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Marathon a family tradition

A decade later the first American marathon was held in Yonkers. The race attracted a number of Irish runners who took the idea home and began the Boston Marathon as a way of maintaining their heritage. They realized, like many of those in Schroon Lake this weekend, that running wasnt something they did, it was part of who they were.

George McDonald, my great grandfather, was one of those professional runners of the 1880s. He also ran in the first-ever Boston Marathon in 1896.

Can distance running be found in our genes? I doubt it, but I find it interesting that my great-grandfather was a marathon runner and a century later Ive followed in his footsteps. And who knows, maybe in another century my descendants will complete what I believe to be the ultimate physical and mental challenge.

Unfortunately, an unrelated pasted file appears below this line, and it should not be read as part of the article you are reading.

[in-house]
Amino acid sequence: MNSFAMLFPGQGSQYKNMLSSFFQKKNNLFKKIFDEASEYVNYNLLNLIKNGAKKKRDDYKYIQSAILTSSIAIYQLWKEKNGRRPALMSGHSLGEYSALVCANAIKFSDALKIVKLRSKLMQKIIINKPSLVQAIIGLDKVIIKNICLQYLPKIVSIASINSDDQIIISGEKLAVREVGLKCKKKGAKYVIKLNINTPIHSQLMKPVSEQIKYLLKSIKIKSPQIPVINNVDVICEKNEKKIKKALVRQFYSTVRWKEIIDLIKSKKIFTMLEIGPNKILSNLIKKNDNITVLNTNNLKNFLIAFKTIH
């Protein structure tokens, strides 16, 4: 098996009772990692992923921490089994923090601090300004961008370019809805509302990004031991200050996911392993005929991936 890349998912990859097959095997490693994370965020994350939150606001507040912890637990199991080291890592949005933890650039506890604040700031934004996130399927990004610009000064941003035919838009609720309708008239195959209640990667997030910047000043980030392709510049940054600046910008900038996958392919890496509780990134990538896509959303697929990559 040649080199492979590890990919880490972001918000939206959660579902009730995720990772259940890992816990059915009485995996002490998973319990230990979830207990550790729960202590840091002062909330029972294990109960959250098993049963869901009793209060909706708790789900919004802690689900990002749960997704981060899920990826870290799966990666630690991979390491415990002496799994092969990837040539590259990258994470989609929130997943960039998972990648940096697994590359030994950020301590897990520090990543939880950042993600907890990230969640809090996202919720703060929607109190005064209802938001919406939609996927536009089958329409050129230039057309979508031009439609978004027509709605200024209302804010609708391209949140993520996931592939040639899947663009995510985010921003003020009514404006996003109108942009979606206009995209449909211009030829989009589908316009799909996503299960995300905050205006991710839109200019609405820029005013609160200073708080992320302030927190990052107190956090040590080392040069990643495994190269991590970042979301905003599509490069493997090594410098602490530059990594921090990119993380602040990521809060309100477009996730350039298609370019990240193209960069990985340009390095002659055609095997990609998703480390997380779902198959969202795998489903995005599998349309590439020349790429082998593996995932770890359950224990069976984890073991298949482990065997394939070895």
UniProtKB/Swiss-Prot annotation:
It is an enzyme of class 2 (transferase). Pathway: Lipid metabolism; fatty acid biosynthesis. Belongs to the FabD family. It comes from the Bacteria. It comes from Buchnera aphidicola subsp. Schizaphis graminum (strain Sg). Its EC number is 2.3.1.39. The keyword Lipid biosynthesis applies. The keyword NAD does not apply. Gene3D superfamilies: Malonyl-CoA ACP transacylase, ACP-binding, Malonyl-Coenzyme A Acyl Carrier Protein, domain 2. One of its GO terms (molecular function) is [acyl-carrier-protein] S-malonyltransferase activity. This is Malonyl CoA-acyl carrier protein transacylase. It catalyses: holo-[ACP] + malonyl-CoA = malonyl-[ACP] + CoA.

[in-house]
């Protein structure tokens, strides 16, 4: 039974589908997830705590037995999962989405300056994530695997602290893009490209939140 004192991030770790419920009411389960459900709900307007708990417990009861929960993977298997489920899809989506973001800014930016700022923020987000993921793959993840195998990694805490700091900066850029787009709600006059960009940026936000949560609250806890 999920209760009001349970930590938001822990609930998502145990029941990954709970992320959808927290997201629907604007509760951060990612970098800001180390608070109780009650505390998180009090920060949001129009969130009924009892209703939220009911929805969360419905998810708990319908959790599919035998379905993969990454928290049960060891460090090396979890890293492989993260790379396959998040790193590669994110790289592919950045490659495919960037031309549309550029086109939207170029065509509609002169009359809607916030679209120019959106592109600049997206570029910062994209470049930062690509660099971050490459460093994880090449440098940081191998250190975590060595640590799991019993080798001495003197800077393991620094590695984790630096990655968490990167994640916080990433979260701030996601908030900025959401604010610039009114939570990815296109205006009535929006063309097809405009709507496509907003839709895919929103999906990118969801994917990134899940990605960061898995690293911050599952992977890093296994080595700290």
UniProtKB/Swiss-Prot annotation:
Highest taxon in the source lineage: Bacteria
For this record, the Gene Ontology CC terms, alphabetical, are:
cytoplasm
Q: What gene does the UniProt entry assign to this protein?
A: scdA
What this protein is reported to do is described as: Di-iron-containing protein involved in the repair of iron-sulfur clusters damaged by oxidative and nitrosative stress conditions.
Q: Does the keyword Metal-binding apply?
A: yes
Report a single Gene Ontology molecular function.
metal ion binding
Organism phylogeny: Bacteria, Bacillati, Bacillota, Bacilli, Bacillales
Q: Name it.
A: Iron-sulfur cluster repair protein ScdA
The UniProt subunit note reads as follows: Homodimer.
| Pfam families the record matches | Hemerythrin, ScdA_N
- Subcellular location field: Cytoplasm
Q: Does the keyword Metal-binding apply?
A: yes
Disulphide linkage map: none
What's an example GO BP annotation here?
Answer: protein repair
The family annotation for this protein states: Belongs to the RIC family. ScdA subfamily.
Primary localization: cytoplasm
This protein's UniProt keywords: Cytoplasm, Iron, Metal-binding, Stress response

My daughter Meaghan has been running since junior high school. She went on to become captain of her college cross-country team and is now training for her first marathon. One day while in high school she announced, I love to run; I wish I could do it all the time.

I was pleased. Im certain her great-great grandfather would be, too.

Now my younger daughter, Hannah, is running. Her first-ever race was this past Tuesday. And tomorrow Ill lace up the old running shoes one more time for the Adirondack Half Marathon. And so a family tradition, more than a century old, continues.

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